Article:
however, that most frequently mentioned is chile. He further describes many kinds of bread, all bearing a more or less close resemblance to the Mexican tortilla, . . . . then tamales of all kinds, and many other curious messes, such as frog spawn and stewed ants, cooked with chile. ... Each dish was kept warm on a chafing-dish placed under it. Writers do not agree as to the exact quantity of food served up at each meal, but it must have been immense, since the lowest number of dishes given is three hundred, and the highest three thousand. They were brought into the hall by four hundred pages of noble birth, who placed their burdens upon the matted floor and retired noiselessly. The king then pointed out such viands as he wished to partake of, or left the selection to his steward, who doubtless took pains to study the likes and dislikes of the royal palate. The steward was a functionary of the highest rank and importance; he alone was privileged to place the designated delicacies before the king upon the table ; he appears to have done duty both as royal carver and cup-bearer;* and, according to Torquemada, to have done it barefooted and on his knees. Everything being in readiness, a number of the most beautiful of the king's women entered, bearing water in round vessels called Xicales, for the king to wash his hands in, and towels that he might dry them, other vessels being placed upon the ground to catch the drippings. Two other women, at the same time, brought him some small loaves of a very delicate kind of bread, made of the finest maize flour, beaten up with eggs. This done, a wooden screen, carved and gilt, was placed before him that no one might see him while eating. There were always present five or six aged lords, who stood near the royal chair barefooted and with bowed heads. To these, as a special mark of favor, the king occasionally sent a choice morsel from his own plate. During the meal the monarch amused himself by watching the performances of his jugglers and tumblers, whose marvellous feats of strength and dexterity I shall describe in another place; at other times there was dancing accompanied by singing and music. .... The more solid food was followed by pastry, sweetmeats, and a magnificent dessert of fruit. The only beverage drank was chocolate, of which about fifty jars

* The “cup-bearer” agrees reasonably well with the "window-curtains.”

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were provided ; it was taken with a spoon, finely wrought of gold or shell, from a goblet of the same material. Having finished his dinner, the king again washed his hands in water brought to him, as before, by the women. After this, several painted and gilt pipes were brought, from which he inhaled, through his mouth or nose, as best suited him, the smoke of a mixture of liquid amber and an herb called tobacco. This siesta over, he devoted himself to business, and proceeded to give audience to foreign ambassadors or deputations from cities in the empire, and to such of his lords and ministers as had business to transact with him." *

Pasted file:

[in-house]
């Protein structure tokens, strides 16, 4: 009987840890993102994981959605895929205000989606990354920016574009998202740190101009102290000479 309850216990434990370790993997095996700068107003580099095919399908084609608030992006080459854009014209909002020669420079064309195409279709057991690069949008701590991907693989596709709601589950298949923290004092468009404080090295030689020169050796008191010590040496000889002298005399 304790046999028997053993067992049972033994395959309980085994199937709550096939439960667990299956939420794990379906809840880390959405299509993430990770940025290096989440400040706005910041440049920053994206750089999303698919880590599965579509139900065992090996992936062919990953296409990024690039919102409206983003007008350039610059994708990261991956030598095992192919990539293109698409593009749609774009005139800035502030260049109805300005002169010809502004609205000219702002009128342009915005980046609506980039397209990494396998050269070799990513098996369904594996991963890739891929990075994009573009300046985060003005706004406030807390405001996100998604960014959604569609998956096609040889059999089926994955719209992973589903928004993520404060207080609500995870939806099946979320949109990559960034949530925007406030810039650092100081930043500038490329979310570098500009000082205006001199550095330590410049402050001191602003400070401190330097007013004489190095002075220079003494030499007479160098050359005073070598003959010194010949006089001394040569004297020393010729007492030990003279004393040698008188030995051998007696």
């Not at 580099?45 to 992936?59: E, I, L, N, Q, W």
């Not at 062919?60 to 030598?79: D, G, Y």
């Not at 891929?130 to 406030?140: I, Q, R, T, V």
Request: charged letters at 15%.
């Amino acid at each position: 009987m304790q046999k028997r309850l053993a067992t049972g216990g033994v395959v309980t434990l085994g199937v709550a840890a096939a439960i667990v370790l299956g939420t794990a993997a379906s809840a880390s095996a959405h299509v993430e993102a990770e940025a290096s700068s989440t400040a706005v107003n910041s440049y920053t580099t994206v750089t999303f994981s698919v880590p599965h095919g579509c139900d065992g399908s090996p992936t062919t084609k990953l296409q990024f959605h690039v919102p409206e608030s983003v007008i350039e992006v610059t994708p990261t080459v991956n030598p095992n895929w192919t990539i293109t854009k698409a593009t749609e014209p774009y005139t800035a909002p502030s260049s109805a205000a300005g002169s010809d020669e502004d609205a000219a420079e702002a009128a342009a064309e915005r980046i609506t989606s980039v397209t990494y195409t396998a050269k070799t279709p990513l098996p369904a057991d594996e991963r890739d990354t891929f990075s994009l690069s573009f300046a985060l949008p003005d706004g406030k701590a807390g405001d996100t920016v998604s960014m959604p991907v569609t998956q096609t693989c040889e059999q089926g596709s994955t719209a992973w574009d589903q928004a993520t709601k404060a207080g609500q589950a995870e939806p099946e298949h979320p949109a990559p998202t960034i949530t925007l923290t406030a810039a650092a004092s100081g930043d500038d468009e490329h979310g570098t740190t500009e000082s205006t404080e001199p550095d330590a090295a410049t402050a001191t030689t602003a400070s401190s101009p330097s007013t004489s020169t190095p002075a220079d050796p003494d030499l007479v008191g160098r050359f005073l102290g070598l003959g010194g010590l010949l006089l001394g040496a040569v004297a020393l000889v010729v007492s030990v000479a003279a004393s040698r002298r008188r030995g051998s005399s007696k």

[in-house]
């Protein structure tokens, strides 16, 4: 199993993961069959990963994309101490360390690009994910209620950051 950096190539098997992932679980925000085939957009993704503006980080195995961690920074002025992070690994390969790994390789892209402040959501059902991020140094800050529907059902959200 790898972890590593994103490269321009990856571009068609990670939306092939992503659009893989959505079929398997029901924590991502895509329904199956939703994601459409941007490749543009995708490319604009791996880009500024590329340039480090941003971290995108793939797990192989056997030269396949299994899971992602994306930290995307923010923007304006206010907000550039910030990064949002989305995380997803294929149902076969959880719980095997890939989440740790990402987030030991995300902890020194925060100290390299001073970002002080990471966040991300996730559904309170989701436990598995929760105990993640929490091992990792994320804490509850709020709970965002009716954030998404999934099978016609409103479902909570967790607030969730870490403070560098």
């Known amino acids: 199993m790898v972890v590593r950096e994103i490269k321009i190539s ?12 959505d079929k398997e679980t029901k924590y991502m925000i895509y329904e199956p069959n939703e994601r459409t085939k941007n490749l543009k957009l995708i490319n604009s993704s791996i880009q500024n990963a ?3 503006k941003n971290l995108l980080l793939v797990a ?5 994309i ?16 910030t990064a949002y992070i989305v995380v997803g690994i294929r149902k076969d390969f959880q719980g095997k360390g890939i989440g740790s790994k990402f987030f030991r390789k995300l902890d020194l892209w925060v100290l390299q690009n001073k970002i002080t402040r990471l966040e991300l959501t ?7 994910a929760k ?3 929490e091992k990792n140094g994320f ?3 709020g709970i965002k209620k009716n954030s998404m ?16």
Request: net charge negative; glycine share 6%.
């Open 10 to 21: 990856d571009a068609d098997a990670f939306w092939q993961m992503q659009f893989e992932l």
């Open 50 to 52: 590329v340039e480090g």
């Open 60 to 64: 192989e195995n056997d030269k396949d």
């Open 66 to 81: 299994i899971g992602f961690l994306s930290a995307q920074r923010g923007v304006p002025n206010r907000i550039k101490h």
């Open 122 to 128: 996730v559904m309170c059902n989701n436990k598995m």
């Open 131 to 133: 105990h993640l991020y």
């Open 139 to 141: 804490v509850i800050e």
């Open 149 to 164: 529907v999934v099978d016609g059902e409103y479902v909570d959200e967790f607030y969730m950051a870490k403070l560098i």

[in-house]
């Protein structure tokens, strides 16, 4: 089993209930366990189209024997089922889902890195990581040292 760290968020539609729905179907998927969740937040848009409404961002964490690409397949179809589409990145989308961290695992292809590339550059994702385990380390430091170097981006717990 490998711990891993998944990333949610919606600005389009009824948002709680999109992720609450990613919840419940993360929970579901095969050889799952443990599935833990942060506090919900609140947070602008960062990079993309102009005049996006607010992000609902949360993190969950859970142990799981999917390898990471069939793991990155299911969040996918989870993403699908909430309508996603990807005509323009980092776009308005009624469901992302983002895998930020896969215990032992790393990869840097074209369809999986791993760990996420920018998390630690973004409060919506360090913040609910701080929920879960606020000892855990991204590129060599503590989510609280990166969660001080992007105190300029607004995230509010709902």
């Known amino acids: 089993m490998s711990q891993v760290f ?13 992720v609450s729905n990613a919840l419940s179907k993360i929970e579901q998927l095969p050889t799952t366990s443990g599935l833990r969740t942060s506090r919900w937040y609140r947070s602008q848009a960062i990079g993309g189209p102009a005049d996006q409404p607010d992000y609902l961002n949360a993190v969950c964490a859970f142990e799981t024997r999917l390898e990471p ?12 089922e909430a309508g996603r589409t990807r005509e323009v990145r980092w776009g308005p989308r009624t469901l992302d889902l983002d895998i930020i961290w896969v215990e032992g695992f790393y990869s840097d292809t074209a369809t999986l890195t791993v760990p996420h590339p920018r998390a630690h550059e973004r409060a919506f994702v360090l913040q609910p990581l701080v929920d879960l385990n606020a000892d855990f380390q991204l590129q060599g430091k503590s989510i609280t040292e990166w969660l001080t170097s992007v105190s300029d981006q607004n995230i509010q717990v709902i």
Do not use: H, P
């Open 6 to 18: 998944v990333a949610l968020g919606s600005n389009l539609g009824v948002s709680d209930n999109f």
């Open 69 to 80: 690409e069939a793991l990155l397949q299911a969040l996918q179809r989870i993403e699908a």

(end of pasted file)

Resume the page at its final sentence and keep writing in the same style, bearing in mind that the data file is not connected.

In this account, although founded upon those of Diaz and Cortes, and showing nothing essentially new, we have the final growth of the story to the present time, but without any assurance that the limits of its possible expansion have been reached. The purification of our aboriginal history, by casting out the mass of trash with which it is so deeply freighted, is forced upon us to save American intelligence from deserved disgrace. Whatever may be said of the American aborigines in general, or of the Aztecs in particular, they were endowed with common sense in the matter of their daily food, which cost them labor, forethought, and care to provide. The picture of Indian life here presented is simply impossible. Village Indians in the Middle status of barbarism were below the age of tables and chairs for dinner service; neither had they learned to arrange a dinner to be eaten socially at a common table, or even to share their dinner with their wives and children. Their joint-tenement houses, their common stores, their communism in living, and the separation of the sexes at their meals, are genuine Indian customs and usages which explain this dinner. It was misconceived by the Spaniards quite naturally, and with the grotesque results herein presented; but there is no excuse for continuing this misconception in the presence of known facts accessible to all.

There is no doubt whatever that Montezuma was treated with great consideration by all classes of persons. Indians respect and venerate their chiefs. As their principal war-chief Montezuma held the highest official position among them. He

* Native Races of the Pacific States, II, 174 - 178.

is represented as amiable, generous, and manly, although unnerved by the sudden appearance and novel and deadly arms of the Spaniards. He had charge of the reception and entertainment of Cortes and his men, who requited him savagely for his hospitality and kindness. But when his home-life is considered, he fared no better than his fellow-householders, sharing with them their common dinner. These accounts, when divested of their misconceptions, render it probable that Montezuma was living with his gentile kinsmen in a house they owned in common; and that what the Spaniards saw was a dinner in common by this household which, with the women and children, may have numbered from five hundred to a thousand persons. When the scattered members of the household had been summoned, the single daily meal was brought in by a number of persons from the common cookhouse in earthen bowls and dishes, and set down upon the floor of an apartment used as a place for dinner in the fashion of Indians. Indians as they were, they doubtless took up these bowls one by one, each containing the dinner of one person divided at the kettle. They ate standing, or it may be sitting upon the floor, or upon the ground in the open court. Indians as they were, the men ate first and by themselves, and the women and children afterwards. After dinner was over, they were diverted, probably, with music and dancing, and made themselves merry, as well-fed Indians are apt to do. That the same dinner, conducted in a similar manner, occurred at all the houses in the pueblo, large and small, once a day, there can scarcely be a doubt.

The dinner of Montezuma which has gone into history, and been read for three centuries with wonder and admiration, is an excellent illustration of the slender material out of which American aboriginal history has been made. It shows, moreover, as a warning, what results flow from great misconceptions through the constructive faculty of authors.

A confederacy of three Indian tribes, speaking dialects of the same language, was precisely what the Spaniards found in Mexico, and this was all they found. They had no occasion in their accounts to advance a step beyond this simple fact. A satisfactory explanation of this confederacy can be found in